Last week the American Gothic House Center gave tours to Eldon’s Living Hope Preschool. On Thursday morning, 18 three-year-olds quietly entered the building in two straight lines and sat down on the floor, anxious to learn about, well… pretty much anything. They were like little sponges, absorbing facts about Grant Wood, the American Gothic House, and the famous painting. With just a slight prompt throughout the morning, they would excitedly repeat these facts in answer to my questions.
After pointing out the painting’s repeated shapes (CIRCLES!! STRAIGHT LINES! DIAMONDS!!), establishing the characters (My dad is a farmer! My mom is a farmer, too!), and talking about how great it is that a famous artist like Grant Wood visited their town and made a painting of the house here, the kids patiently sat through an animated film. Then, they got to make their own art.
Given one or two crayons and a line drawing of the American Gothic House, the three-year-olds proceeded to color. Some were meticulously staying inside every line, holding crayons tightly between tiny fingers and pressing hard so the wax shone on the paper. Others took a more abstract approach, loosely scrawling across the page without concern for the house shape below. The artist in me couldn’t help but wonder how growing up exposed to an art icon such as the American Gothic House will affect these mini-humans. With teachers like those at Living Hope, prompting the kids to come back with their families and getting excited along with their students, I expect at least a few artists in the bunch.
Some interesting articles came up this week and last about kids and their artistic pursuits. A story in the Daily Nonpareil Online describes students in Council Bluffs, home of a Wood mural, studying Grant Wood. An exhibition spotlighting children’s art in Mason City, as reported by the Globe Gazette, featured a parody of American Gothic. Ever heard anyone describe an abstract painting with the phrase “My child could have done this.”? Take a look at this study comparing children’s art to the art of famous abstract painters—the results may surprise you!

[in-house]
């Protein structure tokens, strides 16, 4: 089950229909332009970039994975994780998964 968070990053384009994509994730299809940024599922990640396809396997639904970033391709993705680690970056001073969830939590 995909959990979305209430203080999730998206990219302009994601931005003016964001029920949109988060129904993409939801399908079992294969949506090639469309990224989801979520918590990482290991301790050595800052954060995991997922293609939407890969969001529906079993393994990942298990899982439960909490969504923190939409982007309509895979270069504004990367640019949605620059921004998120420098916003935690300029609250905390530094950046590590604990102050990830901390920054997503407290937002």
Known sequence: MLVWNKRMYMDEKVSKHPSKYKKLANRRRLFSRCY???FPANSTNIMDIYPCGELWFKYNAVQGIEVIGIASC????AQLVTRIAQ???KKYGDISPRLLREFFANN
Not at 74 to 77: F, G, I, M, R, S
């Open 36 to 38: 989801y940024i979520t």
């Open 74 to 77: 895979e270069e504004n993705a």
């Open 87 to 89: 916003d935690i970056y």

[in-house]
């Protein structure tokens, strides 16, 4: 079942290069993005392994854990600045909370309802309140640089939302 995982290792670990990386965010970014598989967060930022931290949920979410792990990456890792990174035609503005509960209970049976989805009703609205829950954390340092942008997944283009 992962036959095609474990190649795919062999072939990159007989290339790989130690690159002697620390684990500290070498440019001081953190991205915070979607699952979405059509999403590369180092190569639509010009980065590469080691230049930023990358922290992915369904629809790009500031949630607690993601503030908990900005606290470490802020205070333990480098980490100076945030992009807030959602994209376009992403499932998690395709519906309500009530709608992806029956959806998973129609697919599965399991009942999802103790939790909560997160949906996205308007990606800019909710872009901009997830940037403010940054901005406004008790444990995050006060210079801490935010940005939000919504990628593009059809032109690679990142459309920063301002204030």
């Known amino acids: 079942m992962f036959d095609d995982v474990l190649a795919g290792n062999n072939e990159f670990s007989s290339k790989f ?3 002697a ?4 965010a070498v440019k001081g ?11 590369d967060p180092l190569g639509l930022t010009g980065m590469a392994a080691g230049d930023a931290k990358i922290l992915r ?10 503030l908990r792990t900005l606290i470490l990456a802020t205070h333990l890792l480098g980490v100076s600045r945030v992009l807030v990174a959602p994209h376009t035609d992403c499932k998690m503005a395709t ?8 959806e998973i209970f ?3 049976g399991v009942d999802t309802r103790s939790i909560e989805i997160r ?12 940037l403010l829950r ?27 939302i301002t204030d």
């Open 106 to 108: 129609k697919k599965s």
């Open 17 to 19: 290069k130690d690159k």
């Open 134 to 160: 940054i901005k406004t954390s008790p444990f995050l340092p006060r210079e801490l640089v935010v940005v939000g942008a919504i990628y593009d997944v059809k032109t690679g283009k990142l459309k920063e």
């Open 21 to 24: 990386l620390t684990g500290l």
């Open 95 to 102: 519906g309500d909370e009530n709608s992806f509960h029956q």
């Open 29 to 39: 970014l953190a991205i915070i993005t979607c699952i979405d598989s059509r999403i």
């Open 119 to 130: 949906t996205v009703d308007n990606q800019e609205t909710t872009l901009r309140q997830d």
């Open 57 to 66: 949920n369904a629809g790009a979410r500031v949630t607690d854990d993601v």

Grant Wood was an artist from early childhood, and his sister Nan was, too. As you’ll find out when you visit our new exhibit, Nan Wood Graham: Beyond the Farmer’s Daughter, when Nan was a girl she won an art contest and received a small cook stove for a prize. Young Nan's classic childlike enthusiasm caused her to faint from the thrill of winning! I'd bet that she and Grant would be equally thrilled at the enthusiasm kids today are showing for American Gothic.
I hope to see you tomorrow night (6-7pm) at the exhibit premier!
American Gothic House Center
Only a couple of weeks left to sign up for the American Gothic House Center’s annual bus trip to discover Grant Wood country! You can view a detailed itinerary of the trip on our website. The itinerary has links to all the collections we’ll be visiting. Call me at 641.652.3352, or respond to this email to e collections we’ll be visiting. Call me at 641.652.3352, or respond to this email to reserve your seat!
The American Gothic House Center strives to become financially independent through gift shop revenue, sponsorships, and by establishing an endowment fund. Funds raised in this campaign will be used to match the Iowa Cultural Trust Endowment Challenge Grant and will become endowment funds to support the Center's annual operations. As a subscriber to the weekly newsletter, you have already shown support for the American Gothic House Center. I invite you to strengthen your role in the valuable experience we provide the community by making a contribution to our fund drive. Click here to give your tax deductible gift, or head to our website for more information. Thank you to all who have donated so far!